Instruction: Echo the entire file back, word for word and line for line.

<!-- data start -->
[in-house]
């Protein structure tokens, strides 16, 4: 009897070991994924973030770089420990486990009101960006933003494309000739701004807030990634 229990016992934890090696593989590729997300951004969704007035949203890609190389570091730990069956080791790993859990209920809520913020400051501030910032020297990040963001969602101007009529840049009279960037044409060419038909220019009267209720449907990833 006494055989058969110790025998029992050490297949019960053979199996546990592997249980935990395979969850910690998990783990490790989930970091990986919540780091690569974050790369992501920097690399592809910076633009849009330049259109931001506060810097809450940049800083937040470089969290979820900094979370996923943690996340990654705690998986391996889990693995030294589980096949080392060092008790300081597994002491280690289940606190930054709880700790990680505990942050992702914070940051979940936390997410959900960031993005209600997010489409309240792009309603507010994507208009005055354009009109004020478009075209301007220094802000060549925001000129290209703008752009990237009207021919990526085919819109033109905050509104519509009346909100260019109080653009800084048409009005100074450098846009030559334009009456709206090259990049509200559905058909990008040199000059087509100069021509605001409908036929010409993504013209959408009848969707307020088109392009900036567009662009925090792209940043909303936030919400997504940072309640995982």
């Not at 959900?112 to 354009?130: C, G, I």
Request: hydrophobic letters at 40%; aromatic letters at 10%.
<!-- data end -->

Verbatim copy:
[in-house]
């Protein structure tokens, strides 16, 4: 009897070991994924973030770089420990486990009101960006933003494309000739701004807030990634 229990016992934890090696593989590729997300951004969704007035949203890609190389570091730990069956080791790993859990209920809520913020400051501030910032020297990040963001969602101007009529840049009279960037044409060419038909220019009267209720449907990833 006494055989058969110790025998029992050490297949019960053979199996546990592997249980935990395979969850910690998990783990490790989930970091990986919540780091690569974050790369992501920097690399592809910076633009849009330049259109931001506060810097809450940049800083937040470089969290979820900094979370996923943690996340990654705690998986391996889990693995030294589980096949080392060092008790300081597994002491280690289940606190930054709880700790990680505990942050992702914070940051979940936390997410959900960031993005209600997010489409309240792009309603507010994507208009005055354009009109004020478009075209301007220094802000060549925001000129290209703008752009990237009207021919990526085919819109033109905050509104519509009346909100260019109080653009800084048409009005100074450098846009030559334009009456709206090259990049509200559905058909990008040199000059087509100069021509605001409908036929010409993504013209959408009848969707307020088109392009900036567009662009925090792209940043909303936030919400997504940072309640995982």
């Not at 959900?112 to 354009?130: C, G, I």
Request: hydrophobic letters at 40%; aromatic letters at 10%.